“There is a new, weird America, too. It’s not lacking, and I like that one,” says Portland, OR musician Marisa Anderson. The solo instrumental guitarist is responding to a comment comparing her adventures to those of musicians like Woody Guthrie, using Greil Marcus’ concept of “the old, weird America.”
It’s an easy comparison to make: A young woman takes off into the desert to sleep under the open sky, then spends 19 years rambling on foot around the country, stopping and living in places that capture her interest before moving on and doing it over and over again.
Anderson has been based in Portland since 2006, but in the midst of her ramble she joined a circus band that played for encampments of anti-government guerrillas in Chiapas, Mexico, and was a member of the all-female country band The Dolly Ranchers, which held down a four-sets-a-night gig at a cowboy bar in New Mexico. After moving to Oregon, she spent six years as a member of the seven-to-10-member Evolutionary Jass Band, performing both tightly structured songs and free improv, before going solo and relying on only what she can accomplish with her fingers, guitar and amp.
Since then, Anderson has released five albums and a single, contributed to two compilations and written or contributed to the scores of eight movies, while also guesting on such notable projects as Sharon Van Etten’s Are We There and Beth Ditto’s “Moonage Daydream” single.
Although Anderson is a highly skilled and knowledgeable musician who grew up studying classical guitar, she’s chosen an overdriven electric guitar as her means of expression.
“I really like sustain,” she explains. “You can get the voice and it rings and you can play against it and you can get distortion and the overtones and all of this stuff… I’m not attracted to [other] effects, all those funky boxes. I really love the versatility of just one electric guitar. I especially love playing really quietly while turned up really loud, getting that hum that happens when you do that.”
Anderson has expressed a desire to play guitar in every setting possible, and her solo ventures have included busking, art and film openings, house shows and even a recurring slot in the bulk foods section of Portland’s Cherry Sprout Produce store.
“There are challenges in every setting, there is a tensile connection or bucking the arrival of whatever feelings in whatever situation, and it’s really fun to just work those in every environment and see what comes up,” she says.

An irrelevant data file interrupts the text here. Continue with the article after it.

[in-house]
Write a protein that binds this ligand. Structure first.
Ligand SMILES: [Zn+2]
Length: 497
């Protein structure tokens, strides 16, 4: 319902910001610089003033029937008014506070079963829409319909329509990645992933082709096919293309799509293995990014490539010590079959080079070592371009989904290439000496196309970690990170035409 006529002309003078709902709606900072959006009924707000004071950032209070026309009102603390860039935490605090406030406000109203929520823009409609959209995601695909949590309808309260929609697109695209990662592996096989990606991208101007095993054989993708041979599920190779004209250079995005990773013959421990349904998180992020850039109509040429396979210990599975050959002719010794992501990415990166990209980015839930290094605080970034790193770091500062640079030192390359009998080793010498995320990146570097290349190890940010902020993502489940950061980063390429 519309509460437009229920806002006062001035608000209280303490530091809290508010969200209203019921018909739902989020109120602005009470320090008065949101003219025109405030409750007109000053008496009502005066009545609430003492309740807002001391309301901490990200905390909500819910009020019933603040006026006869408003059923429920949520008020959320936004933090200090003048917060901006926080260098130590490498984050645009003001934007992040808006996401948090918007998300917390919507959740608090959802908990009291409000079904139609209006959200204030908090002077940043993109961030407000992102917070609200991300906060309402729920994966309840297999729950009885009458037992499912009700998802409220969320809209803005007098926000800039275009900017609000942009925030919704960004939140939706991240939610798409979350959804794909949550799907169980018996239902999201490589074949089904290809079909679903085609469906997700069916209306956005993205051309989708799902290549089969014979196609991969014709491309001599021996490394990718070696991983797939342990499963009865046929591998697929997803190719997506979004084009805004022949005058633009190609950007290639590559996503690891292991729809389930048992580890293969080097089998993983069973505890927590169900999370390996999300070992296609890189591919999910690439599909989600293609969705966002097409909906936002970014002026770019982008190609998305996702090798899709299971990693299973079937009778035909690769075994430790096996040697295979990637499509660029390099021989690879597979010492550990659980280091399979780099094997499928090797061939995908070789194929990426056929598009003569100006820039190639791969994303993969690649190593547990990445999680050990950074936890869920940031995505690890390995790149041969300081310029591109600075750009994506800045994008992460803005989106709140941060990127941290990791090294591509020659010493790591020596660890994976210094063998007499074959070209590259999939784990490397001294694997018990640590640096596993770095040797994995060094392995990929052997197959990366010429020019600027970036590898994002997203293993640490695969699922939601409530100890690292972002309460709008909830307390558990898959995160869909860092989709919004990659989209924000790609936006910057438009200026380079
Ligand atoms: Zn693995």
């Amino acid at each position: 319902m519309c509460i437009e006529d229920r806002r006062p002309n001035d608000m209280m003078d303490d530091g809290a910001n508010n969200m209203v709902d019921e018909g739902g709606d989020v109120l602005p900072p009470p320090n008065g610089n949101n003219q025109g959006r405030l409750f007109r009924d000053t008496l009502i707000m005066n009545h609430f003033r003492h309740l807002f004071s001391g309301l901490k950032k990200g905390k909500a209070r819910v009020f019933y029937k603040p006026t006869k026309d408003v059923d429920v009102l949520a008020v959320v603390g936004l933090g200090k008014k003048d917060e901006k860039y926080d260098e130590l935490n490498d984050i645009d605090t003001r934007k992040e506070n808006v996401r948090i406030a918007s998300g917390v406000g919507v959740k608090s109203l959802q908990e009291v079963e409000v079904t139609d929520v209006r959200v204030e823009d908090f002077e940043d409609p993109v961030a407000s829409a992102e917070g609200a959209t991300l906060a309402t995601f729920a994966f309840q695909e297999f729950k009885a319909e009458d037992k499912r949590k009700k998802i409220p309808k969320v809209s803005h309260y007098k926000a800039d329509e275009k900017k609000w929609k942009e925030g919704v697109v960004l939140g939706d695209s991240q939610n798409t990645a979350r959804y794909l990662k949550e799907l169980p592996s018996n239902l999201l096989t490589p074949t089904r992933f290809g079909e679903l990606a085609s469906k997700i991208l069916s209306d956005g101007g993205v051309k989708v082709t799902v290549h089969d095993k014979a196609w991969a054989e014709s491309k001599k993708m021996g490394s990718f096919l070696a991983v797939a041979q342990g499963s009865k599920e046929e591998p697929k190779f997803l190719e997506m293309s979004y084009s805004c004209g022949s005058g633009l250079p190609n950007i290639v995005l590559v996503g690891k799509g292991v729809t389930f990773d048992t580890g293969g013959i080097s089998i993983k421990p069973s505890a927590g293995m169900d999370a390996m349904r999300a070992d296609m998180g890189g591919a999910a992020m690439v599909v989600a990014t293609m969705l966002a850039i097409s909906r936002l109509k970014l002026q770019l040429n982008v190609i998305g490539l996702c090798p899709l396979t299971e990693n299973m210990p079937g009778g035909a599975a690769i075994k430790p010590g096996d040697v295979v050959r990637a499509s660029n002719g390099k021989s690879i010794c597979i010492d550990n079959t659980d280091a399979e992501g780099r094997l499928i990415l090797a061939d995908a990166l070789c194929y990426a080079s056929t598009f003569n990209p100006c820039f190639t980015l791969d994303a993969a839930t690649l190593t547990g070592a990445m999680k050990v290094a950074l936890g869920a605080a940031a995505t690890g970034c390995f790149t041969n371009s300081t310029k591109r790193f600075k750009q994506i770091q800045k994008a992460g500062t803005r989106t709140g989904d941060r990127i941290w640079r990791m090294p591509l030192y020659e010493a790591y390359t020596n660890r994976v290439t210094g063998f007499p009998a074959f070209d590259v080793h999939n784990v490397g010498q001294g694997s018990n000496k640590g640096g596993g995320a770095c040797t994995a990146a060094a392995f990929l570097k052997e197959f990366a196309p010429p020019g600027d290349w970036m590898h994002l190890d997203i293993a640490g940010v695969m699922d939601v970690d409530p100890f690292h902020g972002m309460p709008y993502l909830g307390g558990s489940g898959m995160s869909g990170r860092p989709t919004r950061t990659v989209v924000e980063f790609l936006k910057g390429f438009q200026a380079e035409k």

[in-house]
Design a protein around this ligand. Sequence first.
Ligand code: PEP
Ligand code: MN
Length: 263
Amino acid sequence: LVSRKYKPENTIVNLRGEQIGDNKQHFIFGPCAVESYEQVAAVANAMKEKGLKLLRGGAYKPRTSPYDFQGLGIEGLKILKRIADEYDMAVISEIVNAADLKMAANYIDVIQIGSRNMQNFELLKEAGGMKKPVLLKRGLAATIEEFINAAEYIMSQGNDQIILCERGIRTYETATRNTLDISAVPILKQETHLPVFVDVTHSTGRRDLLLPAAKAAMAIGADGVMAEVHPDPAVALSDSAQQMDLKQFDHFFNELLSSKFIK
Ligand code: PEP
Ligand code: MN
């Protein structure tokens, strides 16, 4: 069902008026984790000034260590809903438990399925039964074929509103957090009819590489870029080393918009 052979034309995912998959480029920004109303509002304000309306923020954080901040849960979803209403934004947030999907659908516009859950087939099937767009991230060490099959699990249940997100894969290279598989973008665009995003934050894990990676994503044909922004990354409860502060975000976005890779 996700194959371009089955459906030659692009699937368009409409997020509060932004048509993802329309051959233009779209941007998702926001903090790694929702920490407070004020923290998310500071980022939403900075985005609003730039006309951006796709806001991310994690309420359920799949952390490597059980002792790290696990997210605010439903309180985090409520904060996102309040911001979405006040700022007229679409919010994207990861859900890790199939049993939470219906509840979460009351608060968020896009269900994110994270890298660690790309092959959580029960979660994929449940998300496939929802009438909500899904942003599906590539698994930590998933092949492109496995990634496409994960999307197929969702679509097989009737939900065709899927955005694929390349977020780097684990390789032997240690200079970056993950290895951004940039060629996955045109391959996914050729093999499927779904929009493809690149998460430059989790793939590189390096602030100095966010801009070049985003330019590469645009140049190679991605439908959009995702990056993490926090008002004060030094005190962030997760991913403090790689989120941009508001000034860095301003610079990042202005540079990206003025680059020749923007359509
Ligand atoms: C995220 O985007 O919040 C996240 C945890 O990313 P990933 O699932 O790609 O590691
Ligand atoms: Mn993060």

In her own words, Anderson is “building my toolbox, my vocabulary, by increasing my capacity concerning what is music and honest music-making. I can apply different types of sounds that we might think of more like roots music or whatever, and I can apply some jazz sensibility or a jazz process to that sound and to the way that I compose that sound.”
Her evolution is evident in her most recent albums, The Golden Hour (Mississippi, 2011), Mercury (Mississippi, 2013), Traditional and Public Domain Songs (Grapefruit Records, 2013) and Tashi Dorji/Marisa Anderson (Footfalls, 2015).
For The Golden Hour, Anderson set up a reel-to-reel tape machine and recorded every idea she had on each theme she might want to include, but she didn’t listen to any of it until it was time to choose tracks for the final release. “I wanted to cut through all of that chatter, thinking, ‘We’ll just make and make and make and figure it out at the end,’” she says.
In reaction to that editing process, “Mercury was just one amp and purely what I was getting out of that,” she says. Then, on Traditional and Public Domain Songs, she says, “I figured the songs were already there… I would split my signal so I was going through a couple of different amps, and one amp was set mostly on static and white noise and kind of explosive. I had it roaring, just pushing it hard, and the other amp was clean, and [there were] mics around the room… A lot of Traditional Public Domain sounds like more than one guitar, but it’s not.”
Anderson’s 2015 split LP with like-minded Asheville, NC guitarist Tashi Dorji was built on what she learned about recording during Traditional Public Domain but returned to the world of composition. Live, her set reflects all of these aspects of her playing.
“It’s about a third traditional material,” she says. “There are about two songs in the set that are writing themselves as they go, but they’re still improvisational within a structure… and I have a number of songs from Mercury that have a vague beginning and they get to some kind of ending, and in the middle they do some stuff that is never the same way, and then one or two songs that are like, ‘That’s how they go.’ It’s kind of all over the board, really.”
Sounds like an honest reflection of her life.
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